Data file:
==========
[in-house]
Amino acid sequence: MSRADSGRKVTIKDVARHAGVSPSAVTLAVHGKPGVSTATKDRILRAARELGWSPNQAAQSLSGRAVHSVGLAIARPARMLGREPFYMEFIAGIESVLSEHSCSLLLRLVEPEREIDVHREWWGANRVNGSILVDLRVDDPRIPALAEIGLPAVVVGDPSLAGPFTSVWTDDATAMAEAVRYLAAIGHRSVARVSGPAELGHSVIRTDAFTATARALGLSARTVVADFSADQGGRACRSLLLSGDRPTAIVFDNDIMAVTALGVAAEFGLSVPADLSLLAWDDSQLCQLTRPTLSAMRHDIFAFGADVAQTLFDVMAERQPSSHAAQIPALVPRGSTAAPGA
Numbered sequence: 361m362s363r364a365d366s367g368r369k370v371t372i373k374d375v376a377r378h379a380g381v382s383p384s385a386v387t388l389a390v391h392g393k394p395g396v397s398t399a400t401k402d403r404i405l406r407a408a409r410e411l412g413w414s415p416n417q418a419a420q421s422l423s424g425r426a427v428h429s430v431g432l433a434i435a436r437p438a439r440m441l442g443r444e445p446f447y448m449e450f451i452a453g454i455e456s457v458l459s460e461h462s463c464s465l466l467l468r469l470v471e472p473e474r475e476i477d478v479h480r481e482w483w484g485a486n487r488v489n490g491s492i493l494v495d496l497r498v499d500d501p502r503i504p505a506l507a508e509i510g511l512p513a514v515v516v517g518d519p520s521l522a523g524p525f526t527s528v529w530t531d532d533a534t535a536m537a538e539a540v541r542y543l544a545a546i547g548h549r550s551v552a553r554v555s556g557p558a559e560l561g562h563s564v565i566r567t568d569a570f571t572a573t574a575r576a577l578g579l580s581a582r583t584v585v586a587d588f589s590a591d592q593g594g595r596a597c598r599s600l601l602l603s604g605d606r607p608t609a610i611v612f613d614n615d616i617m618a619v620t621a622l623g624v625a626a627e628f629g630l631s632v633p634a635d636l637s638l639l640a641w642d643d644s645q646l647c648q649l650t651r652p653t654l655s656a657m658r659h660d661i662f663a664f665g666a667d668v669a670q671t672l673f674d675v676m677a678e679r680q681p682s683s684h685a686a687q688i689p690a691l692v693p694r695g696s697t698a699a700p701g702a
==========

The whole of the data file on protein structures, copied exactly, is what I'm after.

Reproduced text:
[in-house]
Amino acid sequence: MSRADSGRKVTIKDVARHAGVSPSAVTLAVHGKPGVSTATKDRILRAARELGWSPNQAAQSLSGRAVHSVGLAIARPARMLGREPFYMEFIAGIESVLSEHSCSLLLRLVEPEREIDVHREWWGANRVNGSILVDLRVDDPRIPALAEIGLPAVVVGDPSLAGPFTSVWTDDATAMAEAVRYLAAIGHRSVARVSGPAELGHSVIRTDAFTATARALGLSARTVVADFSADQGGRACRSLLLSGDRPTAIVFDNDIMAVTALGVAAEFGLSVPADLSLLAWDDSQLCQLTRPTLSAMRHDIFAFGADVAQTLFDVMAERQPSSHAAQIPALVPRGSTAAPGA
Numbered sequence: 361m362s363r364a365d366s367g368r369k370v371t372i373k374d375v376a377r378h379a380g381v382s383p384s385a386v387t388l389a390v391h392g393k394p395g396v397s398t399a400t401k402d403r404i405l406r407a408a409r410e411l412g413w414s415p416n417q418a419a420q421s422l423s424g425r426a427v428h429s430v431g432l433a434i435a436r437p438a439r440m441l442g443r444e445p446f447y448m449e450f451i452a453g454i455e456s457v458l459s460e461h462s463c464s465l466l467l468r469l470v471e472p473e474r475e476i477d478v479h480r481e482w483w484g485a486n487r488v489n490g491s492i493l494v495d496l497r498v499d500d501p502r503i504p505a506l507a508e509i510g511l512p513a514v515v516v517g518d519p520s521l522a523g524p525f526t527s528v529w530t531d532d533a534t535a536m537a538e539a540v541r542y543l544a545a546i547g548h549r550s551v552a553r554v555s556g557p558a559e560l561g562h563s564v565i566r567t568d569a570f571t572a573t574a575r576a577l578g579l580s581a582r583t584v585v586a587d588f589s590a591d592q593g594g595r596a597c598r599s600l601l602l603s604g605d606r607p608t609a610i611v612f613d614n615d616i617m618a619v620t621a622l623g624v625a626a627e628f629g630l631s632v633p634a635d636l637s638l639l640a641w642d643d644s645q646l647c648q649l650t651r652p653t654l655s656a657m658r659h660d661i662f663a664f665g666a667d668v669a670q671t672l673f674d675v676m677a678e679r680q681p682s683s684h685a686a687q688i689p690a691l692v693p694r695g696s697t698a699a700p701g702a